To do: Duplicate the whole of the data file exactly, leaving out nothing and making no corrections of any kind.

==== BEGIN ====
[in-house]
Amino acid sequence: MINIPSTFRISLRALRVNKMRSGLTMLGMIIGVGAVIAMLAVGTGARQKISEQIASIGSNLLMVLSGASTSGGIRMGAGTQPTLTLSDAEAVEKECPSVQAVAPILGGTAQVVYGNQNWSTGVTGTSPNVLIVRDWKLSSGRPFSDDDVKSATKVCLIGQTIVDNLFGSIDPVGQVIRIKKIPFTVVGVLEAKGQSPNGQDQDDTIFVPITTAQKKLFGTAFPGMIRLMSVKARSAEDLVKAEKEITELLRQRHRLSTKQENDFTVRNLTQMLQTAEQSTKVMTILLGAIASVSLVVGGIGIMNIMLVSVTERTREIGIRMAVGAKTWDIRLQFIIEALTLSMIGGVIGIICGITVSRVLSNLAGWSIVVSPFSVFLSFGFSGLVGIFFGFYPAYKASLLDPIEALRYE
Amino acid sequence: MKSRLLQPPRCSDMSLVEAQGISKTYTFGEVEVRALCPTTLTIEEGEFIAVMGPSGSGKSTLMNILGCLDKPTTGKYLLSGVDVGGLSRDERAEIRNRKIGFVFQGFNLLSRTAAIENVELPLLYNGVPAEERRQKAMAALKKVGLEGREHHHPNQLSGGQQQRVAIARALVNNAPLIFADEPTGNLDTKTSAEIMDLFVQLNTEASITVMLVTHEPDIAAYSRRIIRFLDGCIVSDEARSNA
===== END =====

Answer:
[in-house]
Amino acid sequence: MINIPSTFRISLRALRVNKMRSGLTMLGMIIGVGAVIAMLAVGTGARQKISEQIASIGSNLLMVLSGASTSGGIRMGAGTQPTLTLSDAEAVEKECPSVQAVAPILGGTAQVVYGNQNWSTGVTGTSPNVLIVRDWKLSSGRPFSDDDVKSATKVCLIGQTIVDNLFGSIDPVGQVIRIKKIPFTVVGVLEAKGQSPNGQDQDDTIFVPITTAQKKLFGTAFPGMIRLMSVKARSAEDLVKAEKEITELLRQRHRLSTKQENDFTVRNLTQMLQTAEQSTKVMTILLGAIASVSLVVGGIGIMNIMLVSVTERTREIGIRMAVGAKTWDIRLQFIIEALTLSMIGGVIGIICGITVSRVLSNLAGWSIVVSPFSVFLSFGFSGLVGIFFGFYPAYKASLLDPIEALRYE
Amino acid sequence: MKSRLLQPPRCSDMSLVEAQGISKTYTFGEVEVRALCPTTLTIEEGEFIAVMGPSGSGKSTLMNILGCLDKPTTGKYLLSGVDVGGLSRDERAEIRNRKIGFVFQGFNLLSRTAAIENVELPLLYNGVPAEERRQKAMAALKKVGLEGREHHHPNQLSGGQQQRVAIARALVNNAPLIFADEPTGNLDTKTSAEIMDLFVQLNTEASITVMLVTHEPDIAAYSRRIIRFLDGCIVSDEARSNA